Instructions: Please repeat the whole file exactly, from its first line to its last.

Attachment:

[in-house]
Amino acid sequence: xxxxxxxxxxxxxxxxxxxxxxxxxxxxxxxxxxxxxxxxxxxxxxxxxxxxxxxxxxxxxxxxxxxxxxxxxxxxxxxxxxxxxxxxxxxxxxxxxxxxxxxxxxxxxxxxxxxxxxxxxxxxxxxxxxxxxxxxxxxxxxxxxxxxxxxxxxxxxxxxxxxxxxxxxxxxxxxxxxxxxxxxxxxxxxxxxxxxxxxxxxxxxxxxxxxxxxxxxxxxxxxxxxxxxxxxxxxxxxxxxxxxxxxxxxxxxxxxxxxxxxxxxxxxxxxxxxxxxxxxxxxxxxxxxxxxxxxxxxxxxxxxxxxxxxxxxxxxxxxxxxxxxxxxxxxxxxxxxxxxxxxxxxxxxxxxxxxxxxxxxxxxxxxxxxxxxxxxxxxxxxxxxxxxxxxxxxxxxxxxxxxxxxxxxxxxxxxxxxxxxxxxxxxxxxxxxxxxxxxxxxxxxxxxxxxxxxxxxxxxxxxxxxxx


[in-house]
Amino acid sequence: xxxxxxxxxxxxxxxxxxxxxxxxxxxxxxxxxxxxxxxxxxxxxxxxxxxxxxxxxxxxxxxxxxxxxxxxxxxxxxxxxxxxxxxxxxxxxxxxxxxxxxxxxxxxxxxxxxxxxxxxxxxxxxxxxxxxxxxxxxxxxxxxxxxxxxxxxxxxxxxxxxxxxxxxxxxxxxxxxxxxxxxxxxxxxxxxxxxxxxxxxxxxxxxxxxxxxxxxxxxxxxxxxxxxxxxxxxxxxxxxxxxxxxxxxxxxxxxxxxxxxxxxxxxxxxxxxxxxxxxxxxxxxxxxxxxxxxxxxxxxxxxxxxxxxxxxxxxxxxxxxxxxxxxxxxxxxxxxxxxxxxxxxxxxxxxxxxxxxxxxxxxxxxxxxxxxxxxxxxxxxxxxxxxxxxxxxxxxxxxxxxxxxxxxxxxxxxxxxxxxxxxxxxxxxxxxxxxxxxxxxxxxxxxxxxxxxxxxxxxxxxxxxxxx